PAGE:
Traditional wire harnesses are assembled by hand. -

Traditional wire harnesses are assembled by hand.

The war in Ukraine choked off supplies of the wire harness, an inexpensive component that bundles cables together.

These parts comprised of wire, plastic and rubber and manufactured with manual labor may not command the attention of microchips and motors, but cars can't be built without them.

The shortage of wire harnesses could accelerate automaker plans to move to lighter, machine-made harnesses used in EVs.

“This is just one more rationale for the industry to make the transition to electric quicker,” said Sam Fiorani, head of production forecasting firm AutoForecast Solutions.

Currently, gasoline cars account for the bulk of new car sales globally. In contrast, EVs still only comprised 6% of vehicle sales, according to data from JATO Dynamics.

Nissan CEO Makoto Uchida told Reuters upply-chain disruptions had prompted his company to engage  suppliers in talks about shifting away from cheap wireharnesses produced by manual labor.

In the meantime, automakers and suppliers have moved wire harness production to other lower-cost countries. Mercedes-Benz flew in harnesses from Mexico to plug a brief supply gap, according to a person familiar with its operations. Some Japanese suppliers added capacity in Morocco, while others sought new production lines in Tunisia, Poland, Serbia and Romania.

Harnesses for fossil-fuel cars bundle together cables stretching up to 3.1 miles in the average vehicle, connecting everything from seat heaters to windows. They are made by hand and almost every uses a unique wire harness.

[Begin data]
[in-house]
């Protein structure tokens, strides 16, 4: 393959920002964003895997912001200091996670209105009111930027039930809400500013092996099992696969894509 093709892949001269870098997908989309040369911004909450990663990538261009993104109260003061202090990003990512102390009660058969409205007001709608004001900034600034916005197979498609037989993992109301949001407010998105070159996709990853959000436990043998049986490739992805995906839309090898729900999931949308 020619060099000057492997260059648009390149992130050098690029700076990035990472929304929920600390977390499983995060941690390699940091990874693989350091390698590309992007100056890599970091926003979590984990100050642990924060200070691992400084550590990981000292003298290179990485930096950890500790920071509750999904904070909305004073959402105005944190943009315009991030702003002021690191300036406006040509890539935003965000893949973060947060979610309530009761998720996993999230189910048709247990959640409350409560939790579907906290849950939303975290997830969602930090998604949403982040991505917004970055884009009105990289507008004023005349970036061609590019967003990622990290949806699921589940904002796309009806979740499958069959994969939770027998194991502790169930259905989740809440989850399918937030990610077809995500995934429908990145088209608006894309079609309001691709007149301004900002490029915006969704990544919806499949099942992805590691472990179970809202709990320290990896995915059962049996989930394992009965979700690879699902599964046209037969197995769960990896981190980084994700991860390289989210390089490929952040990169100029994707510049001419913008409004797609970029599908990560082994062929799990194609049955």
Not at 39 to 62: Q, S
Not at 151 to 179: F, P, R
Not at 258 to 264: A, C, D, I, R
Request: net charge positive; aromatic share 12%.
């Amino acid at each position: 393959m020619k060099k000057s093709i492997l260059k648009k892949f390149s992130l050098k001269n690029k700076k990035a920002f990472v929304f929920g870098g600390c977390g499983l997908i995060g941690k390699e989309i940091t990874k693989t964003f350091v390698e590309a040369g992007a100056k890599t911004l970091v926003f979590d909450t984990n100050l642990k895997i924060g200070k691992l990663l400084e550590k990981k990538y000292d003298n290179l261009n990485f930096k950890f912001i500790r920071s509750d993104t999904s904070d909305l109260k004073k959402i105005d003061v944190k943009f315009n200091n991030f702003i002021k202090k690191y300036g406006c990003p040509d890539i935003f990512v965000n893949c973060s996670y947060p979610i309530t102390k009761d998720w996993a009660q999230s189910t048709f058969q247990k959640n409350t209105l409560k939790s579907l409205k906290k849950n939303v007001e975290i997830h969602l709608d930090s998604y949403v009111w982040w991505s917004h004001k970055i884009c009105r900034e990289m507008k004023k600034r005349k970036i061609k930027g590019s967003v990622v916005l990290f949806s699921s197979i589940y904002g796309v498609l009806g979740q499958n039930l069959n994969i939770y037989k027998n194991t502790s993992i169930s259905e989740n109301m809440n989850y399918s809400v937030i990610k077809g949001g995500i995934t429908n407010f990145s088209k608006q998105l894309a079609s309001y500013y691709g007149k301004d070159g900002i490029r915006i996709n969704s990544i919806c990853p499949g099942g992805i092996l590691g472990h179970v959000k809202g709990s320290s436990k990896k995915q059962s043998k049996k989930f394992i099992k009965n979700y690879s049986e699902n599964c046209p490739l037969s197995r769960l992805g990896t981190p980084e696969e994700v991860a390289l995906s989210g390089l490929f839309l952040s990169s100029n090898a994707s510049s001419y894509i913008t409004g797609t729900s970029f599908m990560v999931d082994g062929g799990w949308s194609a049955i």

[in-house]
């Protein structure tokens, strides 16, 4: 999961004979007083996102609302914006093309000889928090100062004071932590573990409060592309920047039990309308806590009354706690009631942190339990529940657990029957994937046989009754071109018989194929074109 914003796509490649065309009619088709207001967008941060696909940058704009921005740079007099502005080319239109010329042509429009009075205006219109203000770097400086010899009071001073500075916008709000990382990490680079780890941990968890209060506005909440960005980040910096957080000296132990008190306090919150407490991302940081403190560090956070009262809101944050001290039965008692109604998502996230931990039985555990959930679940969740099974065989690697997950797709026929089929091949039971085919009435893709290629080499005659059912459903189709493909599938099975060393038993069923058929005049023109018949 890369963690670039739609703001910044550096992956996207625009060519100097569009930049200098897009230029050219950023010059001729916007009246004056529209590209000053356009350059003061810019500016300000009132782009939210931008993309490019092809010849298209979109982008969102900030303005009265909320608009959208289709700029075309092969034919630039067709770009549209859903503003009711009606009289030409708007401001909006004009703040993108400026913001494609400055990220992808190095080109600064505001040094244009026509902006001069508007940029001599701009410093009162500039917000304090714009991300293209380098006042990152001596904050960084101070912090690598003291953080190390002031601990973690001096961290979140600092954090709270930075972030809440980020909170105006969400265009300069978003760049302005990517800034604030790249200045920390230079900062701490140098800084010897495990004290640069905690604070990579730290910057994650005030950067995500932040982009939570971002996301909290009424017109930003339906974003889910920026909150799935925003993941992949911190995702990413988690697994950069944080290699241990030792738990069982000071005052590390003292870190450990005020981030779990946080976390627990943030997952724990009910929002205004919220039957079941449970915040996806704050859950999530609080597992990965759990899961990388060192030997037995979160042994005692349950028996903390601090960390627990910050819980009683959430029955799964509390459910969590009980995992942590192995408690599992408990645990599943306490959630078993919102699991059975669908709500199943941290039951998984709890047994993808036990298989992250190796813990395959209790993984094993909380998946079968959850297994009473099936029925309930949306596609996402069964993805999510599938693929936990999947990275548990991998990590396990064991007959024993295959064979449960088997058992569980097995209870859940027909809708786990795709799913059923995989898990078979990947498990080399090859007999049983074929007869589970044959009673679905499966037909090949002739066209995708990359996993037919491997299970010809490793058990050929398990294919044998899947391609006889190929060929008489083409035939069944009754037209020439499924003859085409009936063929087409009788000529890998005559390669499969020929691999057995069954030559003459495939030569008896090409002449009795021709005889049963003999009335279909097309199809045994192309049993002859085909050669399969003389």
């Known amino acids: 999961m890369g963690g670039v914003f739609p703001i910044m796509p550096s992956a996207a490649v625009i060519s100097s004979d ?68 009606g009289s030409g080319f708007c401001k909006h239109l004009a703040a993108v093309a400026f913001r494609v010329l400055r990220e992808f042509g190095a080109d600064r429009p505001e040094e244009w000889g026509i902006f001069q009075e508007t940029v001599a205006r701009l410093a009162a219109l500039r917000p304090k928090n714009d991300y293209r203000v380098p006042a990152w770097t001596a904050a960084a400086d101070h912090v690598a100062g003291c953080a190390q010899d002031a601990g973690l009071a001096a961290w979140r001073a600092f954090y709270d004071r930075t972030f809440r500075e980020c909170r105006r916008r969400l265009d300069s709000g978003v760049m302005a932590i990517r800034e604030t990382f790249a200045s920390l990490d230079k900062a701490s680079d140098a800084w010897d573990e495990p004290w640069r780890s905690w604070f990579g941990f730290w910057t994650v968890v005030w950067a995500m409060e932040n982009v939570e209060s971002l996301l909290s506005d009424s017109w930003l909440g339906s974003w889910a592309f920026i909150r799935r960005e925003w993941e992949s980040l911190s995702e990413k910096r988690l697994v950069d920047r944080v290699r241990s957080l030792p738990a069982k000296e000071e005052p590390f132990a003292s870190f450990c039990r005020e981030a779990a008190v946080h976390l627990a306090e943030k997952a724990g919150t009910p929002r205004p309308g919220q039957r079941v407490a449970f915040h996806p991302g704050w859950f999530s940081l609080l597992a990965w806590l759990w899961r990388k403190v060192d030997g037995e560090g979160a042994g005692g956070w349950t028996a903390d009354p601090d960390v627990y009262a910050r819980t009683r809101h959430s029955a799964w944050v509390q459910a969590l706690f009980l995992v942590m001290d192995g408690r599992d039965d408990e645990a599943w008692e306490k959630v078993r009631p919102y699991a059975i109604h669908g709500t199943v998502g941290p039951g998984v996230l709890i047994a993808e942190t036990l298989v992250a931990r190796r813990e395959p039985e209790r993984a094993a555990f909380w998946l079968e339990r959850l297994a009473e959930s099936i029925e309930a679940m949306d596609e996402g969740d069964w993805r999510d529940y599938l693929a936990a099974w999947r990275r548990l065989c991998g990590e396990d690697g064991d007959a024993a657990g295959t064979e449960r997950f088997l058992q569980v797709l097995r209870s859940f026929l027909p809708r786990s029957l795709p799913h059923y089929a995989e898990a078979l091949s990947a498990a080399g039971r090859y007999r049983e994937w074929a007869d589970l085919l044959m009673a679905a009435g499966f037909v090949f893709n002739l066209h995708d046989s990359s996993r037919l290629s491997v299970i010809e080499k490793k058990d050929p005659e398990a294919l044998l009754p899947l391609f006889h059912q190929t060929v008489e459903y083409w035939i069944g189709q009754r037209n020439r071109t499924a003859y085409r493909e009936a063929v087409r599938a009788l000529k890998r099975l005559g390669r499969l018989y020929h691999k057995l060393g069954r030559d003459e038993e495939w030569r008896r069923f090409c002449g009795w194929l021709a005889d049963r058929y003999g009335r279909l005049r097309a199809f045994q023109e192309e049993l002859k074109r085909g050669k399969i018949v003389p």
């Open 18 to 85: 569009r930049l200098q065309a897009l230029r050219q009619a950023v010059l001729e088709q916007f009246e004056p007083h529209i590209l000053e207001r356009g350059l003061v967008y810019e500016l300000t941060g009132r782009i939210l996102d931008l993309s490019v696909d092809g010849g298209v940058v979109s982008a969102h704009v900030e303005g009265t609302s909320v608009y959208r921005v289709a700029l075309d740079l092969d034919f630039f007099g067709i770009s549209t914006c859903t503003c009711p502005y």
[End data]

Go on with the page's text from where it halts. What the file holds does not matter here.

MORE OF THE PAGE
The supply disruptions in Ukraine appeared dire when the war first broke out. Adrian Hallmark, CEO of Bentley, said the company initially feared losing 30%-40% of its car production in 2022 due to a harness shortage.

Hallmark noted that finding alternative production sources became complicated because the conventional harnesses used 10 different parts from 10 different suppliers in Ukraine.

Bentley has shifted its focus and investment to developing a simple harness run by a central computer for EVs. The carmaker, a division of Volkswagen, plans a full electric lineup by 2030.

The new generation of wire harnesses, already favored by Tesla, can be made in sections on automated production lines and are lighter weight, which helps EVs extend their range.

Walter Glück, head of Leoni's harness business, said the supplier now works with automakers on new, automated solutions for wire harnesses in EVs.

Leoni focuses its efforts on zonal or modular harnesses, which can split into six to eight parts, short enough for automation in assembly.

"It's a change of paradigm," Glück said. "If you want to reduce production time in your car factory, a modular wire harness helps."

BMW also seeks to use modular wire harnesses, requiring fewer semiconductors and less cable, according to an anonymous source. The new harnesses also will make it easier to upgrade vehicles wirelessly as Tesla already does.

CelLink, a Californian-based startup, has already developed an entirely automated, flat and easy-to-install "flex harness", and raised $250 million earlier this year from companies including BMW and auto suppliers Lear Corp and Robert Bosch.

CEO Kevin Coakley reports CelLink's new $125 million factory in Texas will have 25 automated production lines that can switch to different harness designs within 10 minutes because the factory produces components from digital files.

The company seeks to build another plant in Europe, he said.

The lead time for a conventional wire harness can exceed 26 weeks, but Coakley said his company can ship redesigned products in two weeks.


Originally posted on Auto Dealer Today

About the author